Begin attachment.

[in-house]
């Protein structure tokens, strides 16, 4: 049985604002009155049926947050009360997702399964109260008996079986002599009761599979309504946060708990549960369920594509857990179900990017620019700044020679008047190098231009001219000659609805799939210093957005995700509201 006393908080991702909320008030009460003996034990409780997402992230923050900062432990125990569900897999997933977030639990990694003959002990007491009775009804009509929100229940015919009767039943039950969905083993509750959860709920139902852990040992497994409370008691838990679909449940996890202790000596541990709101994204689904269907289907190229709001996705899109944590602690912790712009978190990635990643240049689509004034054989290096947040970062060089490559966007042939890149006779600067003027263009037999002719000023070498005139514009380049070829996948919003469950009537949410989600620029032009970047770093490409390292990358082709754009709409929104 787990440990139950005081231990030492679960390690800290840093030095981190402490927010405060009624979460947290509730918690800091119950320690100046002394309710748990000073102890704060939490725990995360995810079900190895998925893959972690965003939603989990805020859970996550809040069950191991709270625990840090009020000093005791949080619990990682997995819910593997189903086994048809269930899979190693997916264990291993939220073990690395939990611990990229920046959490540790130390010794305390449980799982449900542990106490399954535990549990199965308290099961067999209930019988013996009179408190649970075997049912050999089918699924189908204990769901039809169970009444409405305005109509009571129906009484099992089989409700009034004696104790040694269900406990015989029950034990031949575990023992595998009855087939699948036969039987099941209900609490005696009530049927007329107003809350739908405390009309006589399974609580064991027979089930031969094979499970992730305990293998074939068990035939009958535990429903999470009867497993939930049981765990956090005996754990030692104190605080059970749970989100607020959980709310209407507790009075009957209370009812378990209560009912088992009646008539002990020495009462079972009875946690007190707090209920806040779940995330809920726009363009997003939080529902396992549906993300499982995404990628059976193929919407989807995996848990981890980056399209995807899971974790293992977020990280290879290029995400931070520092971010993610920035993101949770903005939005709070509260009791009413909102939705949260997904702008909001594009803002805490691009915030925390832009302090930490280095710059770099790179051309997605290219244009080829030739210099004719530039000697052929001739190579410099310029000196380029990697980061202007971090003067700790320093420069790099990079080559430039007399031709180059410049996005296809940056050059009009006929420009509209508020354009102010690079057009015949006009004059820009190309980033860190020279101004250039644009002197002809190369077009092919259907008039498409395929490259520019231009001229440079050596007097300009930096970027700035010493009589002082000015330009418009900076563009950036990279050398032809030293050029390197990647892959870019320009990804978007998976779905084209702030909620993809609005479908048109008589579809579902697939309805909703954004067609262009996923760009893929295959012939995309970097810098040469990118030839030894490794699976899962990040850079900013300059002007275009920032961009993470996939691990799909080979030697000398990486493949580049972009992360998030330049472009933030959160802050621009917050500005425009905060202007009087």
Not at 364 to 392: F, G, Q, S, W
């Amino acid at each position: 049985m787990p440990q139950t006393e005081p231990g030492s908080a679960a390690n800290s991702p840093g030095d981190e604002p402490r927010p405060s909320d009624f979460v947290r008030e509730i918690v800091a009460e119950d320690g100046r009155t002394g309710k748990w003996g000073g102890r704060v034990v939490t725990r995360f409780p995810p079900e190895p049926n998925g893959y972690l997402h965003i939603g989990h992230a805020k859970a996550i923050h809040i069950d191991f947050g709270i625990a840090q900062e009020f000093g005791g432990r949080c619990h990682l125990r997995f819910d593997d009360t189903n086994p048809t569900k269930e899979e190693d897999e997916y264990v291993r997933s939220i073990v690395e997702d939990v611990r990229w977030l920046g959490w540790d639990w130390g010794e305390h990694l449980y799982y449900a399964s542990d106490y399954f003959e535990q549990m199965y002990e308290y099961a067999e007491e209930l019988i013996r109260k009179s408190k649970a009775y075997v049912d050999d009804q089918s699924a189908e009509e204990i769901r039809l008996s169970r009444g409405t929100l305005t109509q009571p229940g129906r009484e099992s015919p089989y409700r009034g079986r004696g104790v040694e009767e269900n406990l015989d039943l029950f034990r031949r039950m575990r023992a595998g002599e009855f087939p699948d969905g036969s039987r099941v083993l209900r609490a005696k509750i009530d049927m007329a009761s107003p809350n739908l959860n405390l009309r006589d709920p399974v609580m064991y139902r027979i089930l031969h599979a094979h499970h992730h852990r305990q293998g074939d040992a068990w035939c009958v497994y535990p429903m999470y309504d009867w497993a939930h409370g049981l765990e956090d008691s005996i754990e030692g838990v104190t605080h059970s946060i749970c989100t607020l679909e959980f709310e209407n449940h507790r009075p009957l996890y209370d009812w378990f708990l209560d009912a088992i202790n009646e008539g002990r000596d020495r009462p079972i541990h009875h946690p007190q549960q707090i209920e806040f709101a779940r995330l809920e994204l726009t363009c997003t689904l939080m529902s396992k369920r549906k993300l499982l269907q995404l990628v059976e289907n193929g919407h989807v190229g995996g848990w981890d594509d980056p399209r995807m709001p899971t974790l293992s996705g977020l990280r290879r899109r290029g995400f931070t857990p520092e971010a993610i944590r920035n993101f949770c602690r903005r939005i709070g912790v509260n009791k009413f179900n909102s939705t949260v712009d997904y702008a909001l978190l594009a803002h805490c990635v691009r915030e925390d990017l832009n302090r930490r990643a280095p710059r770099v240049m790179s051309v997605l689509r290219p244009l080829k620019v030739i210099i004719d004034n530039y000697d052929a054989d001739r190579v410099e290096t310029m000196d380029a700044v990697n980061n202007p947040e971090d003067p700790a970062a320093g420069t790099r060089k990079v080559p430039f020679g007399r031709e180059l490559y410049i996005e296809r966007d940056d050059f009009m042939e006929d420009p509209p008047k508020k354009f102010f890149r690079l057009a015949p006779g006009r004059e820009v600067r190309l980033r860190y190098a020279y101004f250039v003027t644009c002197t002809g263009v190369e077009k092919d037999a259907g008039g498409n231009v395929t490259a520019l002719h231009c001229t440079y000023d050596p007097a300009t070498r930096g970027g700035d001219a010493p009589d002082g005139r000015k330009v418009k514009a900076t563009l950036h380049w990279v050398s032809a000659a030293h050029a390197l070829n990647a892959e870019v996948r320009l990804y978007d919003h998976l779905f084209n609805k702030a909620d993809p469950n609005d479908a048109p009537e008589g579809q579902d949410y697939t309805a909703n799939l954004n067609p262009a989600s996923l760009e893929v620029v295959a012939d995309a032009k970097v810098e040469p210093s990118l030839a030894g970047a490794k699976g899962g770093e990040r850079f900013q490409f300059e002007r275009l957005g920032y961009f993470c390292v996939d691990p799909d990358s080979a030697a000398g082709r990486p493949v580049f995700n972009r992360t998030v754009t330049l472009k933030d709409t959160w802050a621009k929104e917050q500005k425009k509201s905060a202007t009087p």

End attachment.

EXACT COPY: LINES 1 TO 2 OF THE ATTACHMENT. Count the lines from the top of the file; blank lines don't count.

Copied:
[in-house]
């Protein structure tokens, strides 16, 4: 049985604002009155049926947050009360997702399964109260008996079986002599009761599979309504946060708990549960369920594509857990179900990017620019700044020679008047190098231009001219000659609805799939210093957005995700509201 006393908080991702909320008030009460003996034990409780997402992230923050900062432990125990569900897999997933977030639990990694003959002990007491009775009804009509929100229940015919009767039943039950969905083993509750959860709920139902852990040992497994409370008691838990679909449940996890202790000596541990709101994204689904269907289907190229709001996705899109944590602690912790712009978190990635990643240049689509004034054989290096947040970062060089490559966007042939890149006779600067003027263009037999002719000023070498005139514009380049070829996948919003469950009537949410989600620029032009970047770093490409390292990358082709754009709409929104 787990440990139950005081231990030492679960390690800290840093030095981190402490927010405060009624979460947290509730918690800091119950320690100046002394309710748990000073102890704060939490725990995360995810079900190895998925893959972690965003939603989990805020859970996550809040069950191991709270625990840090009020000093005791949080619990990682997995819910593997189903086994048809269930899979190693997916264990291993939220073990690395939990611990990229920046959490540790130390010794305390449980799982449900542990106490399954535990549990199965308290099961067999209930019988013996009179408190649970075997049912050999089918699924189908204990769901039809169970009444409405305005109509009571129906009484099992089989409700009034004696104790040694269900406990015989029950034990031949575990023992595998009855087939699948036969039987099941209900609490005696009530049927007329107003809350739908405390009309006589399974609580064991027979089930031969094979499970992730305990293998074939068990035939009958535990429903999470009867497993939930049981765990956090005996754990030692104190605080059970749970989100607020959980709310209407507790009075009957209370009812378990209560009912088992009646008539002990020495009462079972009875946690007190707090209920806040779940995330809920726009363009997003939080529902396992549906993300499982995404990628059976193929919407989807995996848990981890980056399209995807899971974790293992977020990280290879290029995400931070520092971010993610920035993101949770903005939005709070509260009791009413909102939705949260997904702008909001594009803002805490691009915030925390832009302090930490280095710059770099790179051309997605290219244009080829030739210099004719530039000697052929001739190579410099310029000196380029990697980061202007971090003067700790320093420069790099990079080559430039007399031709180059410049996005296809940056050059009009006929420009509209508020354009102010690079057009015949006009004059820009190309980033860190020279101004250039644009002197002809190369077009092919259907008039498409395929490259520019231009001229440079050596007097300009930096970027700035010493009589002082000015330009418009900076563009950036990279050398032809030293050029390197990647892959870019320009990804978007998976779905084209702030909620993809609005479908048109008589579809579902697939309805909703954004067609262009996923760009893929295959012939995309970097810098040469990118030839030894490794699976899962990040850079900013300059002007275009920032961009993470996939691990799909080979030697000398990486493949580049972009992360998030330049472009933030959160802050621009917050500005425009905060202007009087």